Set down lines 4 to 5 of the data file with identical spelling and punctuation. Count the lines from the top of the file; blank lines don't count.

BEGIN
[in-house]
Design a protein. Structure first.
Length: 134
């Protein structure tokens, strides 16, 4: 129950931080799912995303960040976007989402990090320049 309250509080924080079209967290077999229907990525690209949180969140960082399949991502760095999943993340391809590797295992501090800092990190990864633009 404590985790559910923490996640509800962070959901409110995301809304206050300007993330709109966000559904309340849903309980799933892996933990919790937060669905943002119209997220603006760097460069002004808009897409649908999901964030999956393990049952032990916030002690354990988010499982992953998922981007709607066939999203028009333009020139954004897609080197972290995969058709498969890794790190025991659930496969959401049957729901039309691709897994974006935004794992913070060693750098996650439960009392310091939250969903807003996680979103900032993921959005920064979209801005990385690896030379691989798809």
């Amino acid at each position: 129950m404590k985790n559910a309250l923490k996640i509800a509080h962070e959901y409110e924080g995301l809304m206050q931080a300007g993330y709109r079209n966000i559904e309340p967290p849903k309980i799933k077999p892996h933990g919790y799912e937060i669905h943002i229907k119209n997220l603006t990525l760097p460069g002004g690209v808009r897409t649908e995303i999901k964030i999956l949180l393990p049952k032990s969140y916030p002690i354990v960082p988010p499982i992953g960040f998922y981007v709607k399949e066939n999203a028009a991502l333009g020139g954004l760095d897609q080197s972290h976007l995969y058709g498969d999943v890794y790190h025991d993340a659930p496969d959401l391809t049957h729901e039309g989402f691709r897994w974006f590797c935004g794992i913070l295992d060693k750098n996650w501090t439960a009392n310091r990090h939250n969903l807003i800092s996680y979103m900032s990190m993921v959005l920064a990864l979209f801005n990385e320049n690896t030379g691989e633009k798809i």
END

């Protein structure tokens, strides 16, 4: 129950931080799912995303960040976007989402990090320049 309250509080924080079209967290077999229907990525690209949180969140960082399949991502760095999943993340391809590797295992501090800092990190990864633009 404590985790559910923490996640509800962070959901409110995301809304206050300007993330709109966000559904309340849903309980799933892996933990919790937060669905943002119209997220603006760097460069002004808009897409649908999901964030999956393990049952032990916030002690354990988010499982992953998922981007709607066939999203028009333009020139954004897609080197972290995969058709498969890794790190025991659930496969959401049957729901039309691709897994974006935004794992913070060693750098996650439960009392310091939250969903807003996680979103900032993921959005920064979209801005990385690896030379691989798809």
């Amino acid at each position: 129950m404590k985790n559910a309250l923490k996640i509800a509080h962070e959901y409110e924080g995301l809304m206050q931080a300007g993330y709109r079209n966000i559904e309340p967290p849903k309980i799933k077999p892996h933990g919790y799912e937060i669905h943002i229907k119209n997220l603006t990525l760097p460069g002004g690209v808009r897409t649908e995303i999901k964030i999956l949180l393990p049952k032990s969140y916030p002690i354990v960082p988010p499982i992953g960040f998922y981007v709607k399949e066939n999203a028009a991502l333009g020139g954004l760095d897609q080197s972290h976007l995969y058709g498969d999943v890794y790190h025991d993340a659930p496969d959401l391809t049957h729901e039309g989402f691709r897994w974006f590797c935004g794992i913070l295992d060693k750098n996650w501090t439960a009392n310091r990090h939250n969903l807003i800092s996680y979103m900032s990190m993921v959005l920064a990864l979209f801005n990385e320049n690896t030379g691989e633009k798809i």